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Projects. Life and Matter Sciences

Epigenetic alterations in tetraploid neurones and Alzheimer's disease

Lead Researcher:
José María Frade López

Research Centre:
Instituto Cajal. CSIC. Madrid.


José María Frade LópezObjective 1: the establishment of a colony of Mapttm1(GFP)Klt/J mice in the animal facility of the Cajal Institute (months 1‑12).
During the first six months of the project a colony of Mapttm1(GFP)Klt/J mice was created in the animal facility of Cajal Institute, which now has two litters of these mice. These mice will be fundamental in the isolation of neurones, given that they were designed to express protein GFP in them.

Objective 2: the differentiating genomic analysis between diploid and tetraploid neurons (months 4‑12).
Optimisation has commenced on the procedure to separate diploid from tetraploid neurons, based on the brain tissue of adult mice (wild-type mice). The use of papain as the proteolytic agent aids the disassociation of cerebral cortex cells, which can be marked with DraQ5, a DNA marker that crosses the membrane and marks DNA in vivo. The aim is to use this method to isolate tetraploid neurons from Mapttm1(GFP)Klt/J mouse tissue that will then be used to analyse genetic expression using microarrays.

Objective 3: Analysis of the epigenetic mechanisms involved in the changes in genetic expression associated with neuronal tetraploidy (months 13‑36). This phase of the project has yet to start.

Objective 4: Analysis of the epigenetic mechanisms involved in the changes in genetic expression associated with AD (months 1‑36).
The expansion of APP/PS1 transgenic mice has commenced, which will be crossed with Mapttm1(GFP)Klt/J mice to obtain information on changes in genetic expression in the neurons of APP/PS1 mice.

Researcher's web address: 

José María Frade López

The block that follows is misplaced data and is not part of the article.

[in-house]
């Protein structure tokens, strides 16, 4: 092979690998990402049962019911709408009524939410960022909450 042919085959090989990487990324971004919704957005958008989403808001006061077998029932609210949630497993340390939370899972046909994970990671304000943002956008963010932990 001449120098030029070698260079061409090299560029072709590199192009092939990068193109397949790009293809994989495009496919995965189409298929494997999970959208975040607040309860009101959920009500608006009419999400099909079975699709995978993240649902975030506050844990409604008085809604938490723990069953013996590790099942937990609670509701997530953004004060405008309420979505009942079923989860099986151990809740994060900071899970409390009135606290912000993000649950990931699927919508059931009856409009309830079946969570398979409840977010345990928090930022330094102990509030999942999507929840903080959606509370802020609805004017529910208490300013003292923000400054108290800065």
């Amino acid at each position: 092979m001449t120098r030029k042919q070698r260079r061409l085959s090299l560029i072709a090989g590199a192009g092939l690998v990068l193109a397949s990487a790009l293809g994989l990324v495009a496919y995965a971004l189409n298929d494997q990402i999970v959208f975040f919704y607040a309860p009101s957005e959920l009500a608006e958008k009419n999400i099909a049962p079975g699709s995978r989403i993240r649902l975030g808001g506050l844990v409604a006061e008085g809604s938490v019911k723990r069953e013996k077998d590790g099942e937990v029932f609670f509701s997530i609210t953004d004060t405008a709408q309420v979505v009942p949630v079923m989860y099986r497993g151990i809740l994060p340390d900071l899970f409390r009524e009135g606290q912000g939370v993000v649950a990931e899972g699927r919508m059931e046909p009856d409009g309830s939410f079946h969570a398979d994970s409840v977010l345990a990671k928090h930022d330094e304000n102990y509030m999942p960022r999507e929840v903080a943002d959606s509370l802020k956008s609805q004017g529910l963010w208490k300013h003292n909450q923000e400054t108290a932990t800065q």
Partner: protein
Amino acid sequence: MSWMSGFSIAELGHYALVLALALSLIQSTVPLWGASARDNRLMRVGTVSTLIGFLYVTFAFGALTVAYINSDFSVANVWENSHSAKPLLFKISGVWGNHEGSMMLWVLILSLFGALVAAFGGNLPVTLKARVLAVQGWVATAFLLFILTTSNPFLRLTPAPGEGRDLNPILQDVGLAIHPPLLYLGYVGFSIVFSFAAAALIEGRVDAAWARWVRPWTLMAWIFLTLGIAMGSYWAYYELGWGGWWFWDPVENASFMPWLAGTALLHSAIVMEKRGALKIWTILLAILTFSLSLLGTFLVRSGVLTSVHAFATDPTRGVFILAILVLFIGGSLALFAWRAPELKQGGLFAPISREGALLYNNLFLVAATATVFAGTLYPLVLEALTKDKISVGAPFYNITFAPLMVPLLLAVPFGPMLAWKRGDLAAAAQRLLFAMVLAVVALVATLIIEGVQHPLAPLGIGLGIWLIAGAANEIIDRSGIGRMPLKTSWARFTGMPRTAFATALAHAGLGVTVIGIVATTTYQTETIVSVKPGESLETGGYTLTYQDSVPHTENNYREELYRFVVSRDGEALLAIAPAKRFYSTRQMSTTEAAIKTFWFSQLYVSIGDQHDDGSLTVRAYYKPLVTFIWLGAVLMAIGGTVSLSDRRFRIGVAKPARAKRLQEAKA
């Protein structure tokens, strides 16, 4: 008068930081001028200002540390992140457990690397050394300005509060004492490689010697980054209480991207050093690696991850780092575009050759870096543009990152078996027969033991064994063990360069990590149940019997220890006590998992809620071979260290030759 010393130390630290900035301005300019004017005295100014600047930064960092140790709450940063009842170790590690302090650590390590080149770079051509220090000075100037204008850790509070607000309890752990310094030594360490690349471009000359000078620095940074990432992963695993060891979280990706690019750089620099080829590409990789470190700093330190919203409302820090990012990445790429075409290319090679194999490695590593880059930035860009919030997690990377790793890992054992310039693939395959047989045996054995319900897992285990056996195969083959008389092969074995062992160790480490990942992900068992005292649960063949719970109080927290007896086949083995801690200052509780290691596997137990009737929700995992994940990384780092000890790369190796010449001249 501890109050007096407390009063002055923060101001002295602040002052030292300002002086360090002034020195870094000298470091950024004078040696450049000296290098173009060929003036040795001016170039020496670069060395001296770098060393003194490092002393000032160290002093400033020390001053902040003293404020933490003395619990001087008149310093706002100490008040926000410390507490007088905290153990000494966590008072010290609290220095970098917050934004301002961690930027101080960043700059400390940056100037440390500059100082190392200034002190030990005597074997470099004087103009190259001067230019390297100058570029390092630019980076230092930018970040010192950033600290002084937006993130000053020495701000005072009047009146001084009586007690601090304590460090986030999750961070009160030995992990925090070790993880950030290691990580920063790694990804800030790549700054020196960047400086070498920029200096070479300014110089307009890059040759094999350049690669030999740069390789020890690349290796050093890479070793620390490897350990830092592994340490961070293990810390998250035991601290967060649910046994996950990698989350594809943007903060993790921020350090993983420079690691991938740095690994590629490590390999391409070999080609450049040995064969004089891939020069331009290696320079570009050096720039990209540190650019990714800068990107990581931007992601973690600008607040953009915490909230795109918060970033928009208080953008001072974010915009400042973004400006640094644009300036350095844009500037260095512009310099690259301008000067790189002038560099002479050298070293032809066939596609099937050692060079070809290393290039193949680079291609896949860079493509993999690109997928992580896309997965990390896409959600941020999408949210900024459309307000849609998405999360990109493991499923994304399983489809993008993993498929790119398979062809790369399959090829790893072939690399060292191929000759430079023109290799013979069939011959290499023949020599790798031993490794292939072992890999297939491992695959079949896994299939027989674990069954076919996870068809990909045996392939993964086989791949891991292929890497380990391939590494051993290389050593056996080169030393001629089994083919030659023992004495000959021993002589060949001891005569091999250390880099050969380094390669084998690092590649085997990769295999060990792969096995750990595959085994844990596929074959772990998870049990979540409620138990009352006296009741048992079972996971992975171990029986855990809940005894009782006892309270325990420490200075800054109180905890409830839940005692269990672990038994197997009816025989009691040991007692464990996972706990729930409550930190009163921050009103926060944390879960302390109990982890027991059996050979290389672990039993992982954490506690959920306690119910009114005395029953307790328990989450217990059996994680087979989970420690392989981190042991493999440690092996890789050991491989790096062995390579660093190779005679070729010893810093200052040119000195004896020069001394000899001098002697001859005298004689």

Graduate in Biology from Complutense University, Madrid, in 1989. He wrote his doctoral thesis at the Ramón y Cajal Institute (Superior Science Research Council, CSIC) on the influence of the proteins of the extracellular matrix on neuronal differentiation, and he was awarded his Doctorate by the Autonomous University, Madrid, in 1994. After a one-year postdoctoral stay in the laboratory of Dr. Rodríguez-Tébar in the Ramón y Cajal Institute, working on the effect of neurotrophins on neurogenesis and the apoptosis associated with neuronal differentiation, he moved to Germany in 1996. There he undertook a postdoctoral stay in the Neurobiochemistry Department of the Max-Planck Neurobiology Institute, directed by Professor Yves-A. Barde. During the two and a half years that he stayed there, Dr. Frade performed studies of the induction of neuronal apoptosis mediated by the NGF neurotrophin through its receptor p75NTR, and his work is now an obligatory reference in this subject. At the end of 1998, Dr. Frade returned to the Ramón y Cajal Institute with a Reincorporation Contract, where he continued his studies on apoptosis due to NGF and its relationship with the reactivation of the cell cycle of neurones in the process of differentiation. In August, 2000, Dr. Frade obtained a post of Tenured Scientist in the Ramón y Cajal Institute and in 2008 he was promoted to Scientific Researcher. His work currently centres on the study of the role of tetraploid neurones in the normal and pathological working of the brain. Dr. Frade is the author of more than 40 scientific publications, many of them in highly prestigious journals such as Nature, PNAS and Neurone, and has been cited almost two thousand times. He also holds two patents, and is a member of several international scientific associations.

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